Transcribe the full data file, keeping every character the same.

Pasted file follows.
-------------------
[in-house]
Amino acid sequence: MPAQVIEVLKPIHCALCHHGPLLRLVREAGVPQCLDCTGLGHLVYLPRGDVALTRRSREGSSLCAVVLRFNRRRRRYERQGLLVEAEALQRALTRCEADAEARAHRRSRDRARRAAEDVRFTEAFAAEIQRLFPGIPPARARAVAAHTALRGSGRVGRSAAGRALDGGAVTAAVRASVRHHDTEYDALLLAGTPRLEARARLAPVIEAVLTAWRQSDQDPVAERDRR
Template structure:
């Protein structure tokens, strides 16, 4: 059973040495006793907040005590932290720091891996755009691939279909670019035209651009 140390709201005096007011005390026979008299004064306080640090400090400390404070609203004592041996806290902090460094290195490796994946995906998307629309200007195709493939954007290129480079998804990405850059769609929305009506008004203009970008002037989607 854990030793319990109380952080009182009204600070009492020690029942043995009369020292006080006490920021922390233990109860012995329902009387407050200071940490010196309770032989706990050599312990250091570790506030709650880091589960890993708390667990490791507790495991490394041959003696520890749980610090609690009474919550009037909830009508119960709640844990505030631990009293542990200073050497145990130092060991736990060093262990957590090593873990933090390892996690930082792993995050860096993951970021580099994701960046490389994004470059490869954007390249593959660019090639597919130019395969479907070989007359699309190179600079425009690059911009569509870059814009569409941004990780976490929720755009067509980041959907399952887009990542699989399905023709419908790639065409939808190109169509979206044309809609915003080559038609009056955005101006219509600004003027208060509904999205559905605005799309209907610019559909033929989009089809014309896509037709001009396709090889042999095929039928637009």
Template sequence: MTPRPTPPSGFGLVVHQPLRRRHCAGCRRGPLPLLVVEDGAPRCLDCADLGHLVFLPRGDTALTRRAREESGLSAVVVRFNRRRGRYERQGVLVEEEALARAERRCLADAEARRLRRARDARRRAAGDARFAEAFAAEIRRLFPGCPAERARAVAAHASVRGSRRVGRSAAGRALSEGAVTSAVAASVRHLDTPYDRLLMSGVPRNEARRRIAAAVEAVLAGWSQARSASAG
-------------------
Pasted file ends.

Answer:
[in-house]
Amino acid sequence: MPAQVIEVLKPIHCALCHHGPLLRLVREAGVPQCLDCTGLGHLVYLPRGDVALTRRSREGSSLCAVVLRFNRRRRRYERQGLLVEAEALQRALTRCEADAEARAHRRSRDRARRAAEDVRFTEAFAAEIQRLFPGIPPARARAVAAHTALRGSGRVGRSAAGRALDGGAVTAAVRASVRHHDTEYDALLLAGTPRLEARARLAPVIEAVLTAWRQSDQDPVAERDRR
Template structure:
């Protein structure tokens, strides 16, 4: 059973040495006793907040005590932290720091891996755009691939279909670019035209651009 140390709201005096007011005390026979008299004064306080640090400090400390404070609203004592041996806290902090460094290195490796994946995906998307629309200007195709493939954007290129480079998804990405850059769609929305009506008004203009970008002037989607 854990030793319990109380952080009182009204600070009492020690029942043995009369020292006080006490920021922390233990109860012995329902009387407050200071940490010196309770032989706990050599312990250091570790506030709650880091589960890993708390667990490791507790495991490394041959003696520890749980610090609690009474919550009037909830009508119960709640844990505030631990009293542990200073050497145990130092060991736990060093262990957590090593873990933090390892996690930082792993995050860096993951970021580099994701960046490389994004470059490869954007390249593959660019090639597919130019395969479907070989007359699309190179600079425009690059911009569509870059814009569409941004990780976490929720755009067509980041959907399952887009990542699989399905023709419908790639065409939808190109169509979206044309809609915003080559038609009056955005101006219509600004003027208060509904999205559905605005799309209907610019559909033929989009089809014309896509037709001009396709090889042999095929039928637009």
Template sequence: MTPRPTPPSGFGLVVHQPLRRRHCAGCRRGPLPLLVVEDGAPRCLDCADLGHLVFLPRGDTALTRRAREESGLSAVVVRFNRRRGRYERQGVLVEEEALARAERRCLADAEARRLRRARDARRRAAGDARFAEAFAAEIRRLFPGCPAERARAVAAHASVRGSRRVGRSAAGRALSEGAVTSAVAASVRHLDTPYDRLLMSGVPRNEARRRIAAAVEAVLAGWSQARSASAG